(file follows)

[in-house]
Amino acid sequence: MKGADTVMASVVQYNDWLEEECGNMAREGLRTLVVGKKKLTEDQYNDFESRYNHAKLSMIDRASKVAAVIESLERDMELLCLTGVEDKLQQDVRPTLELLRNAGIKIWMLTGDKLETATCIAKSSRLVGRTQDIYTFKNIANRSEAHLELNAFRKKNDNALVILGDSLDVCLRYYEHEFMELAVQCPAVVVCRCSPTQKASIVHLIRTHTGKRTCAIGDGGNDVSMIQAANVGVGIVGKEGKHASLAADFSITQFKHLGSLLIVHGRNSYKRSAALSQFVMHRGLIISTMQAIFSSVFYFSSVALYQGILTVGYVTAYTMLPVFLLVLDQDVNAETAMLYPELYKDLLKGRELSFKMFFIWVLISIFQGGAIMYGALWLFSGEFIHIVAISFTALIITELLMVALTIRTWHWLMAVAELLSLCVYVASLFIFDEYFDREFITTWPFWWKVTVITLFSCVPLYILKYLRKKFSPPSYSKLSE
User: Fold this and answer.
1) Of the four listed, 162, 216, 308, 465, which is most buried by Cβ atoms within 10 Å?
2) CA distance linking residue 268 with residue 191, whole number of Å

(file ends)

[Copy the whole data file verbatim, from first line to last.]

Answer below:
[in-house]
Amino acid sequence: MKGADTVMASVVQYNDWLEEECGNMAREGLRTLVVGKKKLTEDQYNDFESRYNHAKLSMIDRASKVAAVIESLERDMELLCLTGVEDKLQQDVRPTLELLRNAGIKIWMLTGDKLETATCIAKSSRLVGRTQDIYTFKNIANRSEAHLELNAFRKKNDNALVILGDSLDVCLRYYEHEFMELAVQCPAVVVCRCSPTQKASIVHLIRTHTGKRTCAIGDGGNDVSMIQAANVGVGIVGKEGKHASLAADFSITQFKHLGSLLIVHGRNSYKRSAALSQFVMHRGLIISTMQAIFSSVFYFSSVALYQGILTVGYVTAYTMLPVFLLVLDQDVNAETAMLYPELYKDLLKGRELSFKMFFIWVLISIFQGGAIMYGALWLFSGEFIHIVAISFTALIITELLMVALTIRTWHWLMAVAELLSLCVYVASLFIFDEYFDREFITTWPFWWKVTVITLFSCVPLYILKYLRKKFSPPSYSKLSE
User: Fold this and answer.
1) Of the four listed, 162, 216, 308, 465, which is most buried by Cβ atoms within 10 Å?
2) CA distance linking residue 268 with residue 191, whole number of Å